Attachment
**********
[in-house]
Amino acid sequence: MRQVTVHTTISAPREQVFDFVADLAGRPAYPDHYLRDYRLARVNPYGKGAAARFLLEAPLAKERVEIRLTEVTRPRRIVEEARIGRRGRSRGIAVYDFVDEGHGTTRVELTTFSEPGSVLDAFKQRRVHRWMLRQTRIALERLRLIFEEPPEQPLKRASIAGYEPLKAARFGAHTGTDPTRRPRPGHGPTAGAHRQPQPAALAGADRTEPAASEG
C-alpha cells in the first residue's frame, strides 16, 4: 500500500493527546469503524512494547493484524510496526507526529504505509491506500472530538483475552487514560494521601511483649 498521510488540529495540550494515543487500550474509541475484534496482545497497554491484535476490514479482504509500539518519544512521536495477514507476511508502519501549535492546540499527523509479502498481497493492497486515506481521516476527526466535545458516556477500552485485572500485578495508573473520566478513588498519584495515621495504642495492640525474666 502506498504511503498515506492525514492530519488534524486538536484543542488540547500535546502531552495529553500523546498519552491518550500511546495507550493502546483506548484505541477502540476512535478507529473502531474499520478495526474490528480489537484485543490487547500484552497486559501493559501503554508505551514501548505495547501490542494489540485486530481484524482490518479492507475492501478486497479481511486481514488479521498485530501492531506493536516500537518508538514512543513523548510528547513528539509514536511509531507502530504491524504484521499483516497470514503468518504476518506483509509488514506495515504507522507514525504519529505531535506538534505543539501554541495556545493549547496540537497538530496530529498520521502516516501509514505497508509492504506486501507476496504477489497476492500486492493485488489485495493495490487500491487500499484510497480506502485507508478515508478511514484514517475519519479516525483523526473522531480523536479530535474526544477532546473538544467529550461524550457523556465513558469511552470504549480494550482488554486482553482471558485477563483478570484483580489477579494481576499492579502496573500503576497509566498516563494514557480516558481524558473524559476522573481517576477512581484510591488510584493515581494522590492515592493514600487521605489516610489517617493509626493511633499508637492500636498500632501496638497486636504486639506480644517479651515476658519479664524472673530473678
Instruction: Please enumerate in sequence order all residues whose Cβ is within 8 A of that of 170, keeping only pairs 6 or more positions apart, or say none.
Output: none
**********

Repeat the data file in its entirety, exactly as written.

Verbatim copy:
[in-house]
Amino acid sequence: MRQVTVHTTISAPREQVFDFVADLAGRPAYPDHYLRDYRLARVNPYGKGAAARFLLEAPLAKERVEIRLTEVTRPRRIVEEARIGRRGRSRGIAVYDFVDEGHGTTRVELTTFSEPGSVLDAFKQRRVHRWMLRQTRIALERLRLIFEEPPEQPLKRASIAGYEPLKAARFGAHTGTDPTRRPRPGHGPTAGAHRQPQPAALAGADRTEPAASEG
C-alpha cells in the first residue's frame, strides 16, 4: 500500500493527546469503524512494547493484524510496526507526529504505509491506500472530538483475552487514560494521601511483649 498521510488540529495540550494515543487500550474509541475484534496482545497497554491484535476490514479482504509500539518519544512521536495477514507476511508502519501549535492546540499527523509479502498481497493492497486515506481521516476527526466535545458516556477500552485485572500485578495508573473520566478513588498519584495515621495504642495492640525474666 502506498504511503498515506492525514492530519488534524486538536484543542488540547500535546502531552495529553500523546498519552491518550500511546495507550493502546483506548484505541477502540476512535478507529473502531474499520478495526474490528480489537484485543490487547500484552497486559501493559501503554508505551514501548505495547501490542494489540485486530481484524482490518479492507475492501478486497479481511486481514488479521498485530501492531506493536516500537518508538514512543513523548510528547513528539509514536511509531507502530504491524504484521499483516497470514503468518504476518506483509509488514506495515504507522507514525504519529505531535506538534505543539501554541495556545493549547496540537497538530496530529498520521502516516501509514505497508509492504506486501507476496504477489497476492500486492493485488489485495493495490487500491487500499484510497480506502485507508478515508478511514484514517475519519479516525483523526473522531480523536479530535474526544477532546473538544467529550461524550457523556465513558469511552470504549480494550482488554486482553482471558485477563483478570484483580489477579494481576499492579502496573500503576497509566498516563494514557480516558481524558473524559476522573481517576477512581484510591488510584493515581494522590492515592493514600487521605489516610489517617493509626493511633499508637492500636498500632501496638497486636504486639506480644517479651515476658519479664524472673530473678
Instruction: Please enumerate in sequence order all residues whose Cβ is within 8 A of that of 170, keeping only pairs 6 or more positions apart, or say none.
Output: none